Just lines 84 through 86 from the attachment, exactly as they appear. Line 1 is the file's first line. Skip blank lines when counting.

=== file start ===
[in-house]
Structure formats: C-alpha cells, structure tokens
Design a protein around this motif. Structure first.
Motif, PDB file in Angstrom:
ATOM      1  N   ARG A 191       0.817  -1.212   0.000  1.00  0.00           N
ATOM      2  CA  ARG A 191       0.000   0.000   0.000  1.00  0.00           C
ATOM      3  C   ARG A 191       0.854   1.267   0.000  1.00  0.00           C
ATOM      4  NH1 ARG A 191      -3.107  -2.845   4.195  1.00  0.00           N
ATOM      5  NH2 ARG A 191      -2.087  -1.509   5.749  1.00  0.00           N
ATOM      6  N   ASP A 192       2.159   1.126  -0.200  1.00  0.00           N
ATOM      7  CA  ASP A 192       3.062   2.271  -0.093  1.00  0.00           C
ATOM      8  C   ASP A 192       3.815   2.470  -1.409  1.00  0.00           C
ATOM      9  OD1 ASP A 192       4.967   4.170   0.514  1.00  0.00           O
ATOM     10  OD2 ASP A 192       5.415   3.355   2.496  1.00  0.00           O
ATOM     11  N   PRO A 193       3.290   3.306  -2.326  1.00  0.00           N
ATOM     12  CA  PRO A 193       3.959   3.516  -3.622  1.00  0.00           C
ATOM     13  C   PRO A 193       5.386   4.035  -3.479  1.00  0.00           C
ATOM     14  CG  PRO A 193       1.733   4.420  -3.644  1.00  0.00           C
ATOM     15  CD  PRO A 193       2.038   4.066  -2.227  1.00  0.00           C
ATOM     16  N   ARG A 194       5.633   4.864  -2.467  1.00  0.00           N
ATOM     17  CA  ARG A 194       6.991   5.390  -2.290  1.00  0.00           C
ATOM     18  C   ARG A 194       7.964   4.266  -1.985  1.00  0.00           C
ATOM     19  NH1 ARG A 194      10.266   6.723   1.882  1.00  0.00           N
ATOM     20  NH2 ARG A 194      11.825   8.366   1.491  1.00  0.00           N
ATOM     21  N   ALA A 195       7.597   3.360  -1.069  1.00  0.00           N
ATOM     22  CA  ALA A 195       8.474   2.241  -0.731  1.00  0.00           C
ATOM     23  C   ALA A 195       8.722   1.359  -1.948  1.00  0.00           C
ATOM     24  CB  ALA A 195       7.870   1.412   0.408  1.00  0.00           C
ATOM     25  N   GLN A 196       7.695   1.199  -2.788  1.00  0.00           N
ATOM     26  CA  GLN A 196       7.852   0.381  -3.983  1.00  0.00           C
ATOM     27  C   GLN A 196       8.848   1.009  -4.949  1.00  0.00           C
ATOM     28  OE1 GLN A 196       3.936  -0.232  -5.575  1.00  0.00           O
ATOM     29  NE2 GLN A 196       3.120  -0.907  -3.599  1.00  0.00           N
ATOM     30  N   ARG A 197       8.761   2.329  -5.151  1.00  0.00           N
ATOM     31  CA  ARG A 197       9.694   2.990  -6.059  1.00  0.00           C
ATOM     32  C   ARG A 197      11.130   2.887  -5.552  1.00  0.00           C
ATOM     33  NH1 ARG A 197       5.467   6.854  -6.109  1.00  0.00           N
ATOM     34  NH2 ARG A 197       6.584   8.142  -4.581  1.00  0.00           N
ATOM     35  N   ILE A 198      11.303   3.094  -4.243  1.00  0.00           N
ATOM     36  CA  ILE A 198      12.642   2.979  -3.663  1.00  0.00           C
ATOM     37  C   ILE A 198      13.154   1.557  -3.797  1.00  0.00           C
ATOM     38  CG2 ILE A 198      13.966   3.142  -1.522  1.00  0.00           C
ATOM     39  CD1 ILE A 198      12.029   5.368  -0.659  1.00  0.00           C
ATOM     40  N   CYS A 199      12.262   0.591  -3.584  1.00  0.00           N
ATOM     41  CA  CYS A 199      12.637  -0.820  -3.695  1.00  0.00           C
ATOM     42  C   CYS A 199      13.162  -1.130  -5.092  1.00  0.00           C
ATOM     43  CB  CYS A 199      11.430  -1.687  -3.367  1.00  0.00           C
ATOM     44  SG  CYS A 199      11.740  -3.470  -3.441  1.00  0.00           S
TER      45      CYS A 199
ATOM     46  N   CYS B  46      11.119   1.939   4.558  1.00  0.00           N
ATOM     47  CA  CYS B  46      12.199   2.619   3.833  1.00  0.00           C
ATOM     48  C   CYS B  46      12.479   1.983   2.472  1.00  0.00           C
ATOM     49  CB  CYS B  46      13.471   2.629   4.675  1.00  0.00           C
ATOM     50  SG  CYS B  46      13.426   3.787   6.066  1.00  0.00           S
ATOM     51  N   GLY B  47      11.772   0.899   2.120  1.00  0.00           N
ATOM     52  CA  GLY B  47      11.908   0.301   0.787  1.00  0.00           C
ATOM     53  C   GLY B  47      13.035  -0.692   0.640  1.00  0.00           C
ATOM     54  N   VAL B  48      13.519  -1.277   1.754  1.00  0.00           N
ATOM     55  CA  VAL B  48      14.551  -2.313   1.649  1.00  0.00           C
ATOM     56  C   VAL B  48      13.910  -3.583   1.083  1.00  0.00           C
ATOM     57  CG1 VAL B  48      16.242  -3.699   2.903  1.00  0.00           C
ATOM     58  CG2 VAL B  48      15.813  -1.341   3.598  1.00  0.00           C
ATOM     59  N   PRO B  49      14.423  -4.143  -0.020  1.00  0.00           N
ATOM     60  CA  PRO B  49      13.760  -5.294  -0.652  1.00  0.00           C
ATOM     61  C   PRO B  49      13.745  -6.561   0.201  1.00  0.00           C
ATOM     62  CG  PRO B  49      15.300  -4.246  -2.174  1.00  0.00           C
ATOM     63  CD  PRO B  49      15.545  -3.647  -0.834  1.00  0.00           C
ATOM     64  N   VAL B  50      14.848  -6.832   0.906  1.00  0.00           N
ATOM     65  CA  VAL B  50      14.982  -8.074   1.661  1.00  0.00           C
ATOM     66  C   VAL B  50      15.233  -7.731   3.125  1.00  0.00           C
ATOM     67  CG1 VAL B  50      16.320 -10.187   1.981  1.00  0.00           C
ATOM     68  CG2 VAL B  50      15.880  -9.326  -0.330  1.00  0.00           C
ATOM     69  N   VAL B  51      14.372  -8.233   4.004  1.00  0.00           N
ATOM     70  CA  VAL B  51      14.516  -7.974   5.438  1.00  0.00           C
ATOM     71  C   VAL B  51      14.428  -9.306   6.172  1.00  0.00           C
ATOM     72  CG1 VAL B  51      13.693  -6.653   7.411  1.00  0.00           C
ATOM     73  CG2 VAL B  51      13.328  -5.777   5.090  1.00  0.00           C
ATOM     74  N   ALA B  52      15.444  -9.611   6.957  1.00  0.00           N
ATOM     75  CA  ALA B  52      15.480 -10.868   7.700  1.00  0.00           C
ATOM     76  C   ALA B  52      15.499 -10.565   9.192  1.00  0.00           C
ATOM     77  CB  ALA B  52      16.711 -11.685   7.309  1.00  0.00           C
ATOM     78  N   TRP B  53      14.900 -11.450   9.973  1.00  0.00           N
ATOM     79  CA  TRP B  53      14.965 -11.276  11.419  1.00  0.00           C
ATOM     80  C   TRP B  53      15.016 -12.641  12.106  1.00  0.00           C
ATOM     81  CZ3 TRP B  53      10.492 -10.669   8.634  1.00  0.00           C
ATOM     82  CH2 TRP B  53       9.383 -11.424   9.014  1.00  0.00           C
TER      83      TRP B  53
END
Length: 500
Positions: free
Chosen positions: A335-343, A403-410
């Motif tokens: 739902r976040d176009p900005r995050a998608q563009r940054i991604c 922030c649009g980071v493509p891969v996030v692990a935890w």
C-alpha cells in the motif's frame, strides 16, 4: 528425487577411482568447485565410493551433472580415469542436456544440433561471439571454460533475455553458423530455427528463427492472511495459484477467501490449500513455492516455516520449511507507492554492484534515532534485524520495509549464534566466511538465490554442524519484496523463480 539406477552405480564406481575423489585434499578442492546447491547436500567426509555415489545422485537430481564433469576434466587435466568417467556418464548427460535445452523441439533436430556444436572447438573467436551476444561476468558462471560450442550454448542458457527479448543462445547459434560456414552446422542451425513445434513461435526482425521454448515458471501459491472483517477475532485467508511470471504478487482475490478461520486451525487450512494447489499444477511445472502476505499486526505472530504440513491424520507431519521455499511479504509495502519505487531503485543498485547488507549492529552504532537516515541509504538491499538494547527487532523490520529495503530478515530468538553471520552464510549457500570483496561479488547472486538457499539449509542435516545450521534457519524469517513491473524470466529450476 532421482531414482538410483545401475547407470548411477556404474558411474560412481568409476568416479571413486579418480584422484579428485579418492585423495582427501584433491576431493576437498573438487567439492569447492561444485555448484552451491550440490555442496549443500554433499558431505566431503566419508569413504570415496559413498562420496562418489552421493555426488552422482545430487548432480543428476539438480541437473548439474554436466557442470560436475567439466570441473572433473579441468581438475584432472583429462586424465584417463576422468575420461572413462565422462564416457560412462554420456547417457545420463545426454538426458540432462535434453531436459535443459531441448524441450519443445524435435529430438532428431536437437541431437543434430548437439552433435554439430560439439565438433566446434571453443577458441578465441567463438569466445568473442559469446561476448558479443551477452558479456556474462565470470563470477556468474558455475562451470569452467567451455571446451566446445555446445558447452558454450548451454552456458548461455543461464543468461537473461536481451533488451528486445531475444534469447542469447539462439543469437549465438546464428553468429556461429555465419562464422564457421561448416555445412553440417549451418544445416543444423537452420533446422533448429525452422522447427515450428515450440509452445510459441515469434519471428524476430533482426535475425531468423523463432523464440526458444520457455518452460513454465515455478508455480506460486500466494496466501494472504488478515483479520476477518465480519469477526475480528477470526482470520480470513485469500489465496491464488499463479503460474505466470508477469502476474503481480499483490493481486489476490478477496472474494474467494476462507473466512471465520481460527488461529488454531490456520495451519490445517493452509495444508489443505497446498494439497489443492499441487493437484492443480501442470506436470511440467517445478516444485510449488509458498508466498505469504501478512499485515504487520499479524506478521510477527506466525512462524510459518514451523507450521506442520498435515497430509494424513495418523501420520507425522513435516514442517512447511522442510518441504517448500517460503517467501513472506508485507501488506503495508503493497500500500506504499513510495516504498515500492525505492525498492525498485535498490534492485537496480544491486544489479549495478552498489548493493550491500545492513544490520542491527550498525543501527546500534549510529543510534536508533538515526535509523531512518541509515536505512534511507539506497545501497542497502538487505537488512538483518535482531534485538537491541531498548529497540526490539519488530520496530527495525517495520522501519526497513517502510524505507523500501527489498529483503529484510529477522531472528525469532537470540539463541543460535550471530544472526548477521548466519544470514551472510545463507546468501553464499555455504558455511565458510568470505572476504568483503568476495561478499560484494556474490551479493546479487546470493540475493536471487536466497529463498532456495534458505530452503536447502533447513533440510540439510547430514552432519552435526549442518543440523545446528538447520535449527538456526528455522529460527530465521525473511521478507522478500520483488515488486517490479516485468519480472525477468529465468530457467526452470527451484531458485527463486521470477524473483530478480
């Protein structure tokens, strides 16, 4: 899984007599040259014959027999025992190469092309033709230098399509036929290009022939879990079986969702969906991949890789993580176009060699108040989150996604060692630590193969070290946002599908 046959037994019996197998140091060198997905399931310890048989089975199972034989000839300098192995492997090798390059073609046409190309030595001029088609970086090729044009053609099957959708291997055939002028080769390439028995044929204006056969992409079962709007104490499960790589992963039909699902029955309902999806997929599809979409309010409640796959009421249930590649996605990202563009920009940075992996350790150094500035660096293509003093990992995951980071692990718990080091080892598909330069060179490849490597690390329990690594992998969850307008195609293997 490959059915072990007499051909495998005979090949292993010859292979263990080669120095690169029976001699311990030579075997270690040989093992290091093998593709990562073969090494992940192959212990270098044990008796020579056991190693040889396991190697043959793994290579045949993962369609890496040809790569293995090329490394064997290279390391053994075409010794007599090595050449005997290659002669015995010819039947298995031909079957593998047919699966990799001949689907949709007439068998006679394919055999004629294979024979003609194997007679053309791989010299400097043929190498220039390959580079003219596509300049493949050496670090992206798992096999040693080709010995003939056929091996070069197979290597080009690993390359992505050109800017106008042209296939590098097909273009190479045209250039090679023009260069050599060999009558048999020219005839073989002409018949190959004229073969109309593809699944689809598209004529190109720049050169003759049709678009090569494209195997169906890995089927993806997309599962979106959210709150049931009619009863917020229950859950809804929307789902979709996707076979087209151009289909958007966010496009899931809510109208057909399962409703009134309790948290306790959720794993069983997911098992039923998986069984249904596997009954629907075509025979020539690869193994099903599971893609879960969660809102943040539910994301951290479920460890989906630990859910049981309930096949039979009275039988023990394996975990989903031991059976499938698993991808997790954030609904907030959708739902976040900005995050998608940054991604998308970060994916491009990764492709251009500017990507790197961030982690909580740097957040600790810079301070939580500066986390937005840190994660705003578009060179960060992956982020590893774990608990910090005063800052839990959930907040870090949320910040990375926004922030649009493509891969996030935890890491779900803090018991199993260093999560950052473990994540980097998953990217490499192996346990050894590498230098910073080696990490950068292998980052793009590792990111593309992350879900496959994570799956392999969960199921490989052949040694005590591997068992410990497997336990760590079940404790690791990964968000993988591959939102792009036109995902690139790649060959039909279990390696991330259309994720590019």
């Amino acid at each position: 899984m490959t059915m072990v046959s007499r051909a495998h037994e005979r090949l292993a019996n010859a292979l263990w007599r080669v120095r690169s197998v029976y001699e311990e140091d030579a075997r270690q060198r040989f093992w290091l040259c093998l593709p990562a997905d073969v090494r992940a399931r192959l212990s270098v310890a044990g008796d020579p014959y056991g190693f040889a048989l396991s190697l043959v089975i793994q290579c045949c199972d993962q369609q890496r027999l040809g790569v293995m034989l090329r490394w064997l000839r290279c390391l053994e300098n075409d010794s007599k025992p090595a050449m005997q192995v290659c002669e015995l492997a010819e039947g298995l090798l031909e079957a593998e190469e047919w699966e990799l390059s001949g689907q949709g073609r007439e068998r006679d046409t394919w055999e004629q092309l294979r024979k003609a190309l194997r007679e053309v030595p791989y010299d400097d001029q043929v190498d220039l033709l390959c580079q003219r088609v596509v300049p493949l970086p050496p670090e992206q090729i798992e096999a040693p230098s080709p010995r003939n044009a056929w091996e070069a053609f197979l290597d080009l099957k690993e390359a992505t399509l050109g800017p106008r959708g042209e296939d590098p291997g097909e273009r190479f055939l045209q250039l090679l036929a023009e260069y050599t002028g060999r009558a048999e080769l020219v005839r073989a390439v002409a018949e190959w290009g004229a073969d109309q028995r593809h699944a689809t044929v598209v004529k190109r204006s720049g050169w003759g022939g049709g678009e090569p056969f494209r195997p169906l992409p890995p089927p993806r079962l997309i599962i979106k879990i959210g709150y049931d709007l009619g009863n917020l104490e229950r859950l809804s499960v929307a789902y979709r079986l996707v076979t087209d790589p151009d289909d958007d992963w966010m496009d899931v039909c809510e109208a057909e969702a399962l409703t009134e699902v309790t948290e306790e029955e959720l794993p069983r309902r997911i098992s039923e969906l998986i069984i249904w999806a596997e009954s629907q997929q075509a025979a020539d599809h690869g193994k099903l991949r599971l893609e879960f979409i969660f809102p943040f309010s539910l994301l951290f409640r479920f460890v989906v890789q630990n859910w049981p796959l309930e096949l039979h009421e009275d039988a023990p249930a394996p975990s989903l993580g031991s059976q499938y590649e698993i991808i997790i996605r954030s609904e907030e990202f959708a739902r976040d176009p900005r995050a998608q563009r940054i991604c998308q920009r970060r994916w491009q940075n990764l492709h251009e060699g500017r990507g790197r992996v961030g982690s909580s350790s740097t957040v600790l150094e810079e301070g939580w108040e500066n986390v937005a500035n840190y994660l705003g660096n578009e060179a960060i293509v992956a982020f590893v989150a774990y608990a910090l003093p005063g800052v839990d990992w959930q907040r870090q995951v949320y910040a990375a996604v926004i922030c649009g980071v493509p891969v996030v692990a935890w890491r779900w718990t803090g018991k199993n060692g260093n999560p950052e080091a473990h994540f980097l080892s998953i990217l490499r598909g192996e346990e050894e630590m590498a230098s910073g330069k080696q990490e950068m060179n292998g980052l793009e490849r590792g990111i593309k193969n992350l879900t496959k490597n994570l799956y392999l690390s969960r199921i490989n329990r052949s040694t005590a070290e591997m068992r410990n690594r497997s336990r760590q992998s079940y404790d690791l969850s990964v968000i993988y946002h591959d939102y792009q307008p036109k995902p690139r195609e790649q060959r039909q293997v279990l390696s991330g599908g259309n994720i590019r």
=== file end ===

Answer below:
ATOM     80  C   TRP B  53      15.016 -12.641  12.106  1.00  0.00           C
ATOM     81  CZ3 TRP B  53      10.492 -10.669   8.634  1.00  0.00           C
ATOM     82  CH2 TRP B  53       9.383 -11.424   9.014  1.00  0.00           C